By a witch, I mean someone who is believed to have received magical power by some form of diabolical means. The diabolical source of this power is important because the mentality of most Christian intellectuals allowed only the devil as a source of supernatural power, except of course from God, and it led witchcraft to be viewed in much the same way as heresy. The connection between diabolism and magic is found in the documents of the Christian elite including, most famously, the Malleus Malificium (1486) of Kramer and Sprenger, but has an older provenance. The straightforward dichotomy between God and the devil was already present in late antiquity with the labelling of all pagan gods as demons but once they had been seen off, the church took a more sceptical attitude. Belief in magic was considered to be a sin but consequently actually practising it was nothing more than delusion. This attitude is very much an intellectual one and reflects the continuing rejection of most forms of supernatural belief by theologians even when witchcraft was accepted. That is to say that rather than believing in the innate potency of ritual magic or in nature spirits, they insisted that God and the devil were the only possible agencies for magical or miraculous power. This was not just a question of theology but also arose from the Aristotelian paradigm of natural science that had no room for spirits, magic or other such phenomena. We should note, however, that the word ‘magic’ was also used in medieval works like the Speculum Astronomiae of St Albertus Magnus to describe certain legitimate natural practices. Later, the hermetic systems that became popular during the Renaissance did allow for spirits and angels to be summoned so consequently their practitioners were always vulnerable to accusations of devilry. This ambiguity about what was and was not acceptable remained a feature of intellectual debate throughout the Middle Ages and Early Modern period with both sides using magic to make their own polemical points. In the late seventeenth century we find Joseph Glanvill and Henry More, representing learned science and theology, defending the belief in witchcraft against occultist and radical sectarian John Webster [NOTE]p 351, Thomas Harmon Jobe "The Devil in Restoration Science - the Glanvill-Webster Witchcraft Debate" Isis 72:3 (1981). Webster is keen to deny diabolic involvement in great part because he does not want his own ‘natural magic’ to be confused with witchcraft while Glanville and More are defending the mechanistic new philosophy which, like Aristotelianism, insists all magic must be supernatural - and that can only mean God or the devil.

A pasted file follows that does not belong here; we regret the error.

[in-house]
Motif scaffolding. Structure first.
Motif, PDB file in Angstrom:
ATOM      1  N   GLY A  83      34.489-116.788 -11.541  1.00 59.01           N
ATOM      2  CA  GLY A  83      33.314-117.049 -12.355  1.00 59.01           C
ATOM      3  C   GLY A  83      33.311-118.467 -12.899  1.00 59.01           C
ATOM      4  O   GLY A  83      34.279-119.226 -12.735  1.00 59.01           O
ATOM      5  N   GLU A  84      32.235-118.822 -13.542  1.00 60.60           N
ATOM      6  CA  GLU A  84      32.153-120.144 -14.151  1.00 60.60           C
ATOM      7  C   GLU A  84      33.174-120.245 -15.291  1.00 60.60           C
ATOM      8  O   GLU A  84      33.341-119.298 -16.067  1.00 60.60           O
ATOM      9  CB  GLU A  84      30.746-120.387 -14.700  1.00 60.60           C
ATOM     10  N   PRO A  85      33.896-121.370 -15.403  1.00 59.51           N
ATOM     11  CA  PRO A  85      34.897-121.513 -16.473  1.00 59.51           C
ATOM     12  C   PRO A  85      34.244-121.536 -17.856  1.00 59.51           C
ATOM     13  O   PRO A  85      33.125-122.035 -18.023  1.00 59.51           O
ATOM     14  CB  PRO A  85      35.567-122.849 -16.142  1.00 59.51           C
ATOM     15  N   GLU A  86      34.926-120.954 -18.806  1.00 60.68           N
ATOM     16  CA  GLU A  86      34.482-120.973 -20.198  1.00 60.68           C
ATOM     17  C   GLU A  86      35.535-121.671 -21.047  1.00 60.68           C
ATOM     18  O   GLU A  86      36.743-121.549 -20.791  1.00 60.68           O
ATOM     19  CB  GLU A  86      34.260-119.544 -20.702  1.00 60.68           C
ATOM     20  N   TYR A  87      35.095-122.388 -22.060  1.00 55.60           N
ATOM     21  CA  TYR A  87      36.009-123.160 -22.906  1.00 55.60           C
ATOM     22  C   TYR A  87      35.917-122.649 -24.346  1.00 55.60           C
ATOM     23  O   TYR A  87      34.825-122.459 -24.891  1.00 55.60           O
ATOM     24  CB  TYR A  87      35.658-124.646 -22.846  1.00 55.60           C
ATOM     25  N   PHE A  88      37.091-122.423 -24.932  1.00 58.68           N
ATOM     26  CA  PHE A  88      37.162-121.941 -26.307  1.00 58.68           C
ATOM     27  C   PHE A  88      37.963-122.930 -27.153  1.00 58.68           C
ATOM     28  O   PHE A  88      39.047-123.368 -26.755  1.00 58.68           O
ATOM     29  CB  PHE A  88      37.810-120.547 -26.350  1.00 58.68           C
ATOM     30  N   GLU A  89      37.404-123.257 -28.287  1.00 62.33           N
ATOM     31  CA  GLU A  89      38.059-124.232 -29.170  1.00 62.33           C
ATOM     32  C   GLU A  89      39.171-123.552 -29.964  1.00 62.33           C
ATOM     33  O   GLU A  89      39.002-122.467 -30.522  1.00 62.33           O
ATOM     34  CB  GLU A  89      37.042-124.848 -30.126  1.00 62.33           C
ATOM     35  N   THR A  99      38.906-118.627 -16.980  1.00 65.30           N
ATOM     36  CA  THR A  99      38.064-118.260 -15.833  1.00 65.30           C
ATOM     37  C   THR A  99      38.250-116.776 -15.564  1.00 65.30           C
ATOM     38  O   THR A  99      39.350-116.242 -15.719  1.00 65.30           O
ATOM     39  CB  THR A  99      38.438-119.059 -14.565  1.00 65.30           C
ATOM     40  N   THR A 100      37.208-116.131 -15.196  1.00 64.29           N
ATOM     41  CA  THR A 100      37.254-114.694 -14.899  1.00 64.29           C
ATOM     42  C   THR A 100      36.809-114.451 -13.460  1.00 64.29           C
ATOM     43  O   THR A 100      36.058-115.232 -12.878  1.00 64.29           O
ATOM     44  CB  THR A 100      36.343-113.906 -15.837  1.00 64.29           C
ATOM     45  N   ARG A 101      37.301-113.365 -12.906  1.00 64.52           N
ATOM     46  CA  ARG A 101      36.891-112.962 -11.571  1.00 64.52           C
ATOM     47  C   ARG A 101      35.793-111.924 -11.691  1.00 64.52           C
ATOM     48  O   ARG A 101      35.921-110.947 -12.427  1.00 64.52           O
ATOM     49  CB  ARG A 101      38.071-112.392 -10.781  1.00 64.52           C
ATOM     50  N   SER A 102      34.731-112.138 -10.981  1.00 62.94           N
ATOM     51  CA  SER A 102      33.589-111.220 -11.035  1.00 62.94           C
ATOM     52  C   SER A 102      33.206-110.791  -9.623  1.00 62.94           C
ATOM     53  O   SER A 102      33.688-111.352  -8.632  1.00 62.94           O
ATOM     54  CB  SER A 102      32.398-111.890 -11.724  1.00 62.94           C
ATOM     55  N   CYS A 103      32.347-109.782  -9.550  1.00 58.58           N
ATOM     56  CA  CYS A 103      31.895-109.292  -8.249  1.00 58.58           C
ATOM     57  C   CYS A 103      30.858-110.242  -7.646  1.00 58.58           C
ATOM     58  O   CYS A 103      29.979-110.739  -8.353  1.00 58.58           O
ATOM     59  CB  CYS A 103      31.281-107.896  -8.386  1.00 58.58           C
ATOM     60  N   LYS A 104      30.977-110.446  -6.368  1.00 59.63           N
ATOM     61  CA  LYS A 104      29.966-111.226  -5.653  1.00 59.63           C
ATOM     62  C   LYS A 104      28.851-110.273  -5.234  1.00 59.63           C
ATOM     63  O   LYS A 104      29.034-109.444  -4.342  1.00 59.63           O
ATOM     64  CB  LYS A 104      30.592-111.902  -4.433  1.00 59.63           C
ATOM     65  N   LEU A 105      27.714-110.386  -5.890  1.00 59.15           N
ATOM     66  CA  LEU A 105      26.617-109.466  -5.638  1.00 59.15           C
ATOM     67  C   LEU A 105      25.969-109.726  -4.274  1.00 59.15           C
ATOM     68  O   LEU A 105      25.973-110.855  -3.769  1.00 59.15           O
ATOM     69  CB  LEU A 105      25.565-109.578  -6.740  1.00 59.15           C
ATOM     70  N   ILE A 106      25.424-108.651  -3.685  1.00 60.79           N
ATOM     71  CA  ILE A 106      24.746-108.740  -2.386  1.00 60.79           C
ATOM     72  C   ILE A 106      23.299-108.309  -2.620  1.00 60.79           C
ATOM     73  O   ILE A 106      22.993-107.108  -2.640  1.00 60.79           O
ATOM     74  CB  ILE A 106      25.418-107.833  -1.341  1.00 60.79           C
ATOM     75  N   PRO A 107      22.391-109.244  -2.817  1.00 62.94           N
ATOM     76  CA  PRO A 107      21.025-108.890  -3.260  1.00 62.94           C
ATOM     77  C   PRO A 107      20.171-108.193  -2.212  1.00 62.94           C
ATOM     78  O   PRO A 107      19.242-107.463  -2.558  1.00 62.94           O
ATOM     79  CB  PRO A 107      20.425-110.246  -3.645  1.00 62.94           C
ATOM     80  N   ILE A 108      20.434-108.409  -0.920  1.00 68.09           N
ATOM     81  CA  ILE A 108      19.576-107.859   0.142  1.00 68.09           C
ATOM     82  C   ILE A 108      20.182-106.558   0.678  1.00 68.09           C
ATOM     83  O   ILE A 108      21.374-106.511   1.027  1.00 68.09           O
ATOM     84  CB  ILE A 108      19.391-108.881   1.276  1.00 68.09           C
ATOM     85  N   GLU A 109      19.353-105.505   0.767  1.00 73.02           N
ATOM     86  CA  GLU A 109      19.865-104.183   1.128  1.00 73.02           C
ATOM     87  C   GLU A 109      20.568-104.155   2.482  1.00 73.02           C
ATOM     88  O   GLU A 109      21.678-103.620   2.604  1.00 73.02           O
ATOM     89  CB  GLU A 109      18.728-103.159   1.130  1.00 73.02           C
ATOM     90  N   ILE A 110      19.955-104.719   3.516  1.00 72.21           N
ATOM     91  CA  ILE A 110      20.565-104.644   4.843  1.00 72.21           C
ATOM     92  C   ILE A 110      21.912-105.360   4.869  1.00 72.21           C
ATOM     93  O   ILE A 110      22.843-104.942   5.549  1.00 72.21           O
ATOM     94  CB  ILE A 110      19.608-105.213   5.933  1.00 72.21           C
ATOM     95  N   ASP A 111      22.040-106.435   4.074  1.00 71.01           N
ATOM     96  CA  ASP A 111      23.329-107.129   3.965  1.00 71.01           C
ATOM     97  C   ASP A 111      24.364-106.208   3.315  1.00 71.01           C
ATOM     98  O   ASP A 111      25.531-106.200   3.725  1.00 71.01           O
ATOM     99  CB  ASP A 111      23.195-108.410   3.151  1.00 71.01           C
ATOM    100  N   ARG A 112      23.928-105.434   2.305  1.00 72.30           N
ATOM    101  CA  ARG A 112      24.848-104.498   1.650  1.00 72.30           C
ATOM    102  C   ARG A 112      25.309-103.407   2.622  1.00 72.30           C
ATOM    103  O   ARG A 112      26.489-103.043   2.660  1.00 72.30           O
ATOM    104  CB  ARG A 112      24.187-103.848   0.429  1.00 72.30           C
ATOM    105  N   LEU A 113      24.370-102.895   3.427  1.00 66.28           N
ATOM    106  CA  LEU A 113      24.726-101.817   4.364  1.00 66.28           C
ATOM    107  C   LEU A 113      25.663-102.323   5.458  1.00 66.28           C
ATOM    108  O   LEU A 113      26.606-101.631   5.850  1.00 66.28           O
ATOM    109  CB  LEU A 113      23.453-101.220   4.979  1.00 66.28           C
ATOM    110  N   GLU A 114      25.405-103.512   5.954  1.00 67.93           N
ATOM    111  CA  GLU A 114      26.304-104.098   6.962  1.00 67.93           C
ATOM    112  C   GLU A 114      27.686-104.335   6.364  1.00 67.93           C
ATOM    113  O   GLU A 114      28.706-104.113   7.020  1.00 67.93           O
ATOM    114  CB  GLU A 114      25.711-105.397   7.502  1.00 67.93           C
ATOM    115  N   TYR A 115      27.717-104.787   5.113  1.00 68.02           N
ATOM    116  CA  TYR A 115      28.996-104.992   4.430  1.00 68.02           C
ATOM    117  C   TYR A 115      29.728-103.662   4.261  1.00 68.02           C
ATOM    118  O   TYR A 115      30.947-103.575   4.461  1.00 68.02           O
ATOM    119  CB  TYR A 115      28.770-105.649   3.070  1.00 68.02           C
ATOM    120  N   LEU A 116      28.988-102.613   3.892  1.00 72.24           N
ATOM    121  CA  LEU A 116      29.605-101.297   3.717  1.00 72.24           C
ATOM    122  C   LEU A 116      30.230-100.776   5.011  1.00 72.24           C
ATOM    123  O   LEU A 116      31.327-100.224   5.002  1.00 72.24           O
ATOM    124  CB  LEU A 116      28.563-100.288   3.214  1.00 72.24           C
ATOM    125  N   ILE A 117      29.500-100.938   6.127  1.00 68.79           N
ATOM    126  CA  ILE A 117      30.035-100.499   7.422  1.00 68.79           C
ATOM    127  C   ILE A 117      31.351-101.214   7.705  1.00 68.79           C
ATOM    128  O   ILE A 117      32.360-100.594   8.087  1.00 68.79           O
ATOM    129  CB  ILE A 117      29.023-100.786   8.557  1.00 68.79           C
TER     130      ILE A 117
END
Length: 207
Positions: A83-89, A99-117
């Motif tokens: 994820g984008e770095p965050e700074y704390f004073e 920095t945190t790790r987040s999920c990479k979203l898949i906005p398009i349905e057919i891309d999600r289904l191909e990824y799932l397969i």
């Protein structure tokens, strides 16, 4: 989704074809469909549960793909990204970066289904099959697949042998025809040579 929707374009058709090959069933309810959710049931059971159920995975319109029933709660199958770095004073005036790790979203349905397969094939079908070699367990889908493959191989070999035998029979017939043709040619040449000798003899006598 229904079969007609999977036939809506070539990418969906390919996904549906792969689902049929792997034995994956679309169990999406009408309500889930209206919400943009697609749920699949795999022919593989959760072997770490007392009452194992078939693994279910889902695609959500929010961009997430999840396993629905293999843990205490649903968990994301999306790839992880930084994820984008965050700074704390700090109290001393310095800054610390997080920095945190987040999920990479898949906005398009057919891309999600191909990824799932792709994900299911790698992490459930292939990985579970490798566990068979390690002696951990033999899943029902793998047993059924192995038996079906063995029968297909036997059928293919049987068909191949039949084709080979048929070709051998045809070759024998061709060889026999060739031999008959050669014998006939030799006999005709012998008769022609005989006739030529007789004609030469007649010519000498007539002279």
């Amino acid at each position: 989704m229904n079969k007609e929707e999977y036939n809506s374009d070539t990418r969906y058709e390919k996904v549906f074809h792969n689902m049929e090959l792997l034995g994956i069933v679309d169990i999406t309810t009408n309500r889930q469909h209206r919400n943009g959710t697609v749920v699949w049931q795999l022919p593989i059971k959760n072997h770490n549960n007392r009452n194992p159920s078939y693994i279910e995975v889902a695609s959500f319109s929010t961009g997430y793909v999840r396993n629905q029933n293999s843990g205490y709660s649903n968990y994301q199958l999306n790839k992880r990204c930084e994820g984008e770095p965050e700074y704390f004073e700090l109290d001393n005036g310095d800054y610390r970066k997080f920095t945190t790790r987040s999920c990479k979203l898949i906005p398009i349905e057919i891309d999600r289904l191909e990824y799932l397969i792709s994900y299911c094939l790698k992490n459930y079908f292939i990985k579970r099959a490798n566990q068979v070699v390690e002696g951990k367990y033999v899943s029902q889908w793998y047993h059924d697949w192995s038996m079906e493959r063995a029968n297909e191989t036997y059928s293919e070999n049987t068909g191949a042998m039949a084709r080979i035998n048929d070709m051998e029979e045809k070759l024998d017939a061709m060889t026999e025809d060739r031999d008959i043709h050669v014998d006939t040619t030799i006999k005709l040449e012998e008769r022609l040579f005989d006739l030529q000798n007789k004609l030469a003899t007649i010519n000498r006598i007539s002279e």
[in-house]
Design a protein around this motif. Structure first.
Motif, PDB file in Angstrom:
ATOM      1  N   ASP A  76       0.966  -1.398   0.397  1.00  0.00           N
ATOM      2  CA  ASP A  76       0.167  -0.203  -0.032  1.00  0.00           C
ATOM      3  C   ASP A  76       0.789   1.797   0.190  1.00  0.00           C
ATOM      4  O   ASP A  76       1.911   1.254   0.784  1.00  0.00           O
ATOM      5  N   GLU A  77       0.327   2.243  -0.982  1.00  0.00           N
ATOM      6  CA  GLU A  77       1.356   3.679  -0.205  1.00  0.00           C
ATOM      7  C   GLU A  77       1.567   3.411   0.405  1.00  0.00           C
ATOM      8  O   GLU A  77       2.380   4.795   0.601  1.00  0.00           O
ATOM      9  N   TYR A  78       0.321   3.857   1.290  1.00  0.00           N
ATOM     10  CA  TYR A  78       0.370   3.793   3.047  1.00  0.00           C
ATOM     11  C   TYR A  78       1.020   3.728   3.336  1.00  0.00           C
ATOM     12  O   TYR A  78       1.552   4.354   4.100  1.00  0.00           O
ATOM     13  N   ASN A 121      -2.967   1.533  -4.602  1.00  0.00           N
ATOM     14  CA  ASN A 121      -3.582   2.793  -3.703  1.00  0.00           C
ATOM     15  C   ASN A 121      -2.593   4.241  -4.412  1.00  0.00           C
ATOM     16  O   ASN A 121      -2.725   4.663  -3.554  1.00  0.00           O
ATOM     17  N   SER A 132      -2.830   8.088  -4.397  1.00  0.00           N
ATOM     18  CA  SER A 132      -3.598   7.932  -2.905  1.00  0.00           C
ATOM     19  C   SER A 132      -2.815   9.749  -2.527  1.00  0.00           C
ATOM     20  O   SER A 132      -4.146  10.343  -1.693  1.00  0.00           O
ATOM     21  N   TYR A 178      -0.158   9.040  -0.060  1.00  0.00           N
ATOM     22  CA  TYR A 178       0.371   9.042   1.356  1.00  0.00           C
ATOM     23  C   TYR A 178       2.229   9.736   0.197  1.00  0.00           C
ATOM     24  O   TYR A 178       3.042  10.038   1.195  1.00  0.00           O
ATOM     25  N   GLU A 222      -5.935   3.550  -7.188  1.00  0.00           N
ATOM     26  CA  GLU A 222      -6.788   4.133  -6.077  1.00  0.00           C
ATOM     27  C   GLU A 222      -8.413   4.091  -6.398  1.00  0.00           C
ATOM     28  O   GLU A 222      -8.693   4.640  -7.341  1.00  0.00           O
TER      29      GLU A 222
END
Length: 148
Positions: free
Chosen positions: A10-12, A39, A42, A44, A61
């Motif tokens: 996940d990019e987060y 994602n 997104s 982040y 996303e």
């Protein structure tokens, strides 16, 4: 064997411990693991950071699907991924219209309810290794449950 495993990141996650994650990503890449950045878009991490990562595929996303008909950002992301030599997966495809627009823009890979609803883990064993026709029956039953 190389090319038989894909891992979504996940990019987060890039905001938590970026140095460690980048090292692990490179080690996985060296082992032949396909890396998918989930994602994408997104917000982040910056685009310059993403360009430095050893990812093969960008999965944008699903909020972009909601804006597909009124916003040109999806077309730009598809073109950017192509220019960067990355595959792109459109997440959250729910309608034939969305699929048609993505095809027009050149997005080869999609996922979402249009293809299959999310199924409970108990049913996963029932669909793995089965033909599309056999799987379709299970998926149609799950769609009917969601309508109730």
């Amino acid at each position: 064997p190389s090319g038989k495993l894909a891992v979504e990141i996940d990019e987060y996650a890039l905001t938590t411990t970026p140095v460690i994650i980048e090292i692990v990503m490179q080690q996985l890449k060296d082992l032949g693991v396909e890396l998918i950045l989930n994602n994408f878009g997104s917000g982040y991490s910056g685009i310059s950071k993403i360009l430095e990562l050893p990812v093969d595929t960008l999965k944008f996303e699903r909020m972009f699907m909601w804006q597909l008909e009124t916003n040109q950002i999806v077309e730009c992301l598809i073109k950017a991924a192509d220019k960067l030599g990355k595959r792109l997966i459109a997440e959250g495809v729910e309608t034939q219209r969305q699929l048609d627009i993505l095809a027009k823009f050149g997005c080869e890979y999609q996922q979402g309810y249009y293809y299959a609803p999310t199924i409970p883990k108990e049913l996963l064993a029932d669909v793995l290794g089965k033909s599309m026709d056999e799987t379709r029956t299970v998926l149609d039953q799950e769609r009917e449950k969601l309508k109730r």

At a popular level, beliefs about the supernatural were far more varied and indeed, one of the only commonalties appears to be that they did not involve the devil, at least without prompting from educated interrogators. MacFarlane mentions that the devil hardly figured at all in the depositions to the Essex assizes and in other English cases, he makes few appearances even in confessions [NOTE]p 532, Keith Thomas, Religion and the Decline of Magic (London, 1971). Elsewhere, especially in confessions under torture, diabolic themes are much more prevalent. This seems likely to have been due to the use of torture, together with leading questions, causing the defendants to start echoing the more learned views of their prosecutors. Restrictions in space make a discussion of how witch trials started impossible here, but it seems likely that a key factor was the overlaying of the elite mentality of diabolism and its associated perversions onto the pre-existing magical beliefs and social tensions among the people. This had happened before with the heretics of the Middle Ages when much of what was believed about them came from ancient authorities rather than their actual activities. It was the combination of learned thought with real factors on the ground (as there really were heretics and people claiming magical powers) that turned deadly.